Here is some boring background and food for thought. (Skip this if you start to fall asleep.)
Believe it or not, you have learned how to process Heteronyms, Homonyms, Homographs and Homophones in your native language and probably dont even think too much about doing it. You just do and that is that.
If you dont know what they are, have a look at this web site:http://www.fictionfactor.com/articles/hhhh.html
Now that you are totally confused
or possibly amused
, lets get down to the how this applies to learning Dutch.
Firstly, I think I can say that when reading Dutch, for the most part, what you see is what you get. If you learn the rules, when you see a word you should be able to know how to pronounce it, even if you cant get your mouth to do so. In English however, how do you pronounce the word read? Is it reed or red? So going from the written word to the spoken word is not too bad in Dutch.
However, going from the spoken word to the written word is a bit more difficult. If you hear what sounds like BAIT-CHUH what do you look up in your dictionary, beetje (a little bit) or bijtje (a little hole in the ice)?
It gets worse going from the spoken word to the meaning because even if there can be only one spelling for the sound, that spelling can still have many meanings. For example,
naar the preposition (to, from, after, according to, by, in), naar - the conjunction (as) and naar the adjective or adverb (nasty, horrid, horrible, sick, ill)
This gets even more compounded for those of us just learning Dutch because our ears are not tuned yet. So if we hear na we may think it is the word naar since we cannot always hear the difference and if we dont have a big enough vocabulary or know something about grammar, then we cannot even use the process of elimination to figure out what the word likely is in the context in which it is used.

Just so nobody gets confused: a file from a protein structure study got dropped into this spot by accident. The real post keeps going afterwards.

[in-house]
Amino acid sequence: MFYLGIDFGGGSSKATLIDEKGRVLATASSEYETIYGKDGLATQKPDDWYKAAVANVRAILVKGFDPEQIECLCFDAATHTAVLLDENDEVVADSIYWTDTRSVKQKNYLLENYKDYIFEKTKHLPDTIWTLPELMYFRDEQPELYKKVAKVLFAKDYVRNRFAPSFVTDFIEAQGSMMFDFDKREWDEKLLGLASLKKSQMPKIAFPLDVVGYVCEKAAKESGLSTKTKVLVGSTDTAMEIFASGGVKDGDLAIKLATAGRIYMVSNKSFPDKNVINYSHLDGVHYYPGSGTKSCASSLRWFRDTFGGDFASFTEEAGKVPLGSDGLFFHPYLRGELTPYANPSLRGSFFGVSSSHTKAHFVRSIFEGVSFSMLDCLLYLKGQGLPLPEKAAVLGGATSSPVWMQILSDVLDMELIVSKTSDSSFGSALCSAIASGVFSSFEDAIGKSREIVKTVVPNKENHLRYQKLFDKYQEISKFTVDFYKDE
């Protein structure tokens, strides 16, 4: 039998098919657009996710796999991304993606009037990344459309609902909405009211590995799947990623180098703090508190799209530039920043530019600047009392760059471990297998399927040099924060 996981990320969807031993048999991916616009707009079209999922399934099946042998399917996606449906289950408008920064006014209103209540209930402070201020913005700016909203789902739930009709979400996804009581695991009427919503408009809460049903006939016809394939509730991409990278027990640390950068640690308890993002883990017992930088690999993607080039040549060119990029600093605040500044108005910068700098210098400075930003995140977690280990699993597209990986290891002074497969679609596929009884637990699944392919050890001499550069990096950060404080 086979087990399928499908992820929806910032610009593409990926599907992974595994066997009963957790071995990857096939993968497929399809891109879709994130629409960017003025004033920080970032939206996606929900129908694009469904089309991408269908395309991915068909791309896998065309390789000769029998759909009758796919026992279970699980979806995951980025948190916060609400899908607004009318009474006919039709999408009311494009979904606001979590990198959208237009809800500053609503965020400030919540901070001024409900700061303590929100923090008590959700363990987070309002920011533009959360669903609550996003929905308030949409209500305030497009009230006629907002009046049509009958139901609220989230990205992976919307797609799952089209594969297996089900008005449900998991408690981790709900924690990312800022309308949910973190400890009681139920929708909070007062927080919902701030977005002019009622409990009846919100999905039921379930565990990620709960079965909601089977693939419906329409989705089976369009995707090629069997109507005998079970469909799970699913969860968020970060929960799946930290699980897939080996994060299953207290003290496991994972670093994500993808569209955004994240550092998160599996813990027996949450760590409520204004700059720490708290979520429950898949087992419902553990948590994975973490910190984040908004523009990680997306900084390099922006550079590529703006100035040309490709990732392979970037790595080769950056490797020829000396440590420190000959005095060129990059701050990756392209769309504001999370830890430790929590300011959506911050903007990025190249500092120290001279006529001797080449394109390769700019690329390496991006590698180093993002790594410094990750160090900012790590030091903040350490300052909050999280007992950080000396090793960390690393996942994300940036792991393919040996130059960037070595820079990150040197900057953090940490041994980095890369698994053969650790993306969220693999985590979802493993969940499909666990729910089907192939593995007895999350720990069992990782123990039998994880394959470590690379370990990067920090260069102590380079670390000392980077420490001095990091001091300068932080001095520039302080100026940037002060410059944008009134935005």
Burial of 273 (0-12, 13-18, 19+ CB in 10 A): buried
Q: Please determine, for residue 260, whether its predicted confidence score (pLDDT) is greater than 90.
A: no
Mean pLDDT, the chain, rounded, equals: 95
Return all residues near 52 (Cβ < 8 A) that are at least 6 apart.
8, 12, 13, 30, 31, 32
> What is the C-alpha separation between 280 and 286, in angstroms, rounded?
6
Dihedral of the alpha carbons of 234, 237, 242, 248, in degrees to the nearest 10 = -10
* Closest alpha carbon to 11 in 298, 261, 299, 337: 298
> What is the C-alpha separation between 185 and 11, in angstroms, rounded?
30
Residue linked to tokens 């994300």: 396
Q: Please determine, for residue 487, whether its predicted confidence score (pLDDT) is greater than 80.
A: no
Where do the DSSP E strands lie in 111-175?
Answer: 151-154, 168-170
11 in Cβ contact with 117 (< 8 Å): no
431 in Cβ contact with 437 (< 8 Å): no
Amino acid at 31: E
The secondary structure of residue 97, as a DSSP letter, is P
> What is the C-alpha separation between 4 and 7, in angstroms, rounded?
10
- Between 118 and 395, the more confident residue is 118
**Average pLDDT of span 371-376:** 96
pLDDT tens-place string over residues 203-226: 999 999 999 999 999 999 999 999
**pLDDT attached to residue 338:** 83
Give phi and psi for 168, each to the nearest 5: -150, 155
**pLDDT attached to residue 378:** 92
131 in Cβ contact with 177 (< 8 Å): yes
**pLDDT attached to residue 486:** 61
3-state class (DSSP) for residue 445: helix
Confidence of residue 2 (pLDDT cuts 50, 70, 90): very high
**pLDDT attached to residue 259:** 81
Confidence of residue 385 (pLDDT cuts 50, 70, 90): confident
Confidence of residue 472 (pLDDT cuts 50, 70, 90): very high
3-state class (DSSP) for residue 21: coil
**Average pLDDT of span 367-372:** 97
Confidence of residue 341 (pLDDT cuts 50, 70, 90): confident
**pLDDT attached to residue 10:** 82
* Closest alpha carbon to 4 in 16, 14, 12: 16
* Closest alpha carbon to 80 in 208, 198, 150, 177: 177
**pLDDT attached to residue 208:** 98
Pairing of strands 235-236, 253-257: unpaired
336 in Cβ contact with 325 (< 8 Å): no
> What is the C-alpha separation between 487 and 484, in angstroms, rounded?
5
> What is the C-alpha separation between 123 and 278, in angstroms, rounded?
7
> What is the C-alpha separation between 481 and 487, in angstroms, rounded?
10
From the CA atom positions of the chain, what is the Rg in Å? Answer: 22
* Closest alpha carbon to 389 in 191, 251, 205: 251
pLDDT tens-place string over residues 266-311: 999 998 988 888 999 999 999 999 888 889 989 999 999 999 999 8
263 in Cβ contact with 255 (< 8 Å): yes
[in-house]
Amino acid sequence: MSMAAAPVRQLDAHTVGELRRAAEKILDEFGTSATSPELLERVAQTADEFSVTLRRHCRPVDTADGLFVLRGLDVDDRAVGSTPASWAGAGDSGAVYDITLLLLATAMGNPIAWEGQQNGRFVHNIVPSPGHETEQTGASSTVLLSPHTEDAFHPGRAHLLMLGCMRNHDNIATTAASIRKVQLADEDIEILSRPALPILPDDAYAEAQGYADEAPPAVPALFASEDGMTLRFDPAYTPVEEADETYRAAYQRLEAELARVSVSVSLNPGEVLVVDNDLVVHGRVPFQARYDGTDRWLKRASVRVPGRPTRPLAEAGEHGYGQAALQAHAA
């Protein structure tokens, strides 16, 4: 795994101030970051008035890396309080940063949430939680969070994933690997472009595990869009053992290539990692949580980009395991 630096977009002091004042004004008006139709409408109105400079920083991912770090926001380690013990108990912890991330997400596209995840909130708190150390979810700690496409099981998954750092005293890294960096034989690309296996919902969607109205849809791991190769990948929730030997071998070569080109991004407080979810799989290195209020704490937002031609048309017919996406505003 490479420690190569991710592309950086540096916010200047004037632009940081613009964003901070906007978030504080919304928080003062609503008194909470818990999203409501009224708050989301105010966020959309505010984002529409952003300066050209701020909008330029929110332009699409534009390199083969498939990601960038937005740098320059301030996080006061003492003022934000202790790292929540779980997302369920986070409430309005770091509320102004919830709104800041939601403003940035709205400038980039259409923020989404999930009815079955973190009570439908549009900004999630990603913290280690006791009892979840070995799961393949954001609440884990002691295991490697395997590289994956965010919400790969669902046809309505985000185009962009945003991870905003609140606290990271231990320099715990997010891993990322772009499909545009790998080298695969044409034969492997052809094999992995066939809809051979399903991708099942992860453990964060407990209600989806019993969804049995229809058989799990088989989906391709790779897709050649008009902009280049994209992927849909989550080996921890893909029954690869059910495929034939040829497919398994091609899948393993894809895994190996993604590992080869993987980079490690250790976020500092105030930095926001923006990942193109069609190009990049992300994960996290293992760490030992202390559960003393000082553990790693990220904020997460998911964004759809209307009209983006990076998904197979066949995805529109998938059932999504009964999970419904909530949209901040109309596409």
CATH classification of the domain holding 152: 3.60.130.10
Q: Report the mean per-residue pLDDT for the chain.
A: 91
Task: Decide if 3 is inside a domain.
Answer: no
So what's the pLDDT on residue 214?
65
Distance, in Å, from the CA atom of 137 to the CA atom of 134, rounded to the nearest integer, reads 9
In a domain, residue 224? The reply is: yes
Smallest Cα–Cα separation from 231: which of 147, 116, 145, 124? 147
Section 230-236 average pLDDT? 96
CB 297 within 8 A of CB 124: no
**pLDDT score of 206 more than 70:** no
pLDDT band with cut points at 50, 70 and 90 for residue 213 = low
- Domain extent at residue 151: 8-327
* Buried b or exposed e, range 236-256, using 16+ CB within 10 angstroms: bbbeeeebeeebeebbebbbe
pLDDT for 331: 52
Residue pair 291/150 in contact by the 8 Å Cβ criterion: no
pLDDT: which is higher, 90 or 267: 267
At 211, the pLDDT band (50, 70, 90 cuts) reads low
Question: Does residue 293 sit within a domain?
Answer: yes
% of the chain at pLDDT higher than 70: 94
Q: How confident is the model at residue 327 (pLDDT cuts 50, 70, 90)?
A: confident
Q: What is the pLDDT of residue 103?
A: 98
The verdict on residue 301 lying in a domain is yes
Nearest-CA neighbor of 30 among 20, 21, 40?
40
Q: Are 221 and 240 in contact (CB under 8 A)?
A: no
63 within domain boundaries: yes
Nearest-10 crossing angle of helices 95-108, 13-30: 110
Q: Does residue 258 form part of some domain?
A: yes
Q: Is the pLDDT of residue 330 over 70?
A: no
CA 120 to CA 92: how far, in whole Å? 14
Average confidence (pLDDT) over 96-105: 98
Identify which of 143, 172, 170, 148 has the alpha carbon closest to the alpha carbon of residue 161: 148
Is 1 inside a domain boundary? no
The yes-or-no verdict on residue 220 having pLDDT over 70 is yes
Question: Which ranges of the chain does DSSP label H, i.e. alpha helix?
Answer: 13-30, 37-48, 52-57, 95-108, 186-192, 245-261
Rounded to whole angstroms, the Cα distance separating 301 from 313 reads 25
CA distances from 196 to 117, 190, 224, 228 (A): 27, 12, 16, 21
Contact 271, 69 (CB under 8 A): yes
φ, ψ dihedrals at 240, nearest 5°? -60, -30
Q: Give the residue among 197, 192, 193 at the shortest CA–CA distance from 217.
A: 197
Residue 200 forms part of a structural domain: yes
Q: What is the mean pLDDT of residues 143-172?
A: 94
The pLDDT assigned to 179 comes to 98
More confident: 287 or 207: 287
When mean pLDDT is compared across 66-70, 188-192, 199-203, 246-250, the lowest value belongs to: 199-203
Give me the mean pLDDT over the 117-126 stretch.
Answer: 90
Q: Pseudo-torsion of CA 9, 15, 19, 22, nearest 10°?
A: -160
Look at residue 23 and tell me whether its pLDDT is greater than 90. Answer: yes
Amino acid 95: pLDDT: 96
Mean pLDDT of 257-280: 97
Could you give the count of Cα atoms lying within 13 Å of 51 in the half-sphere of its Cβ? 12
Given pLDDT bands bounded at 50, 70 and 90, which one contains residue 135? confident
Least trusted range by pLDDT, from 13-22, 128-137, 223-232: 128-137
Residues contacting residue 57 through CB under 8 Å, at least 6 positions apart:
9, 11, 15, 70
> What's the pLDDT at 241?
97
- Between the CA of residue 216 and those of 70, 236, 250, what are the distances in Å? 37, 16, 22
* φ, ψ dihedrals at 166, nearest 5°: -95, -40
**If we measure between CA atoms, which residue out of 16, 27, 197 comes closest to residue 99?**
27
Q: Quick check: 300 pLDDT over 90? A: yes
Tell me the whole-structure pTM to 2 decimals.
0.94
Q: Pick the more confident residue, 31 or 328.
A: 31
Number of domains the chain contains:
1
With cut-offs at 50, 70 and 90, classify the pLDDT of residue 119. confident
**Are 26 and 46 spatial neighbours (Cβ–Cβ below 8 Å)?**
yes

Oh my, how will we ever overcome this? Well, the answer is with time, effort, practice, repetition, listening, watching, reading, writing, speaking, asking, interacting, making mistakes, being corrected, and on and on. In other words, the same things you did to learn your mother tongue!
And oh yes, being embarrassed and feeling a bit stupid.
When this happens to me, I remember it! And I usually dont repeat it! It sticks!Now to the point of this topic.
I thought it would be fun for us to tell others about some of our mistakes and the misunderstandings we had when we tried to put our listening or speaking abilities in Dutch into practice. Have Heteronyms, Homonyms, Homographs and Homophones been the cause? What do you think the underlying problem was? We may find that we have common problems.
So I will call the Topic Strange Confessions
.Who is first?
P.S. Your story can also be about mistakes or frustrations in reading, using a dictionary, spelling etc. Usually the crazier or more frustrating the story, the more the readers will relate to it and hopefully learn from it.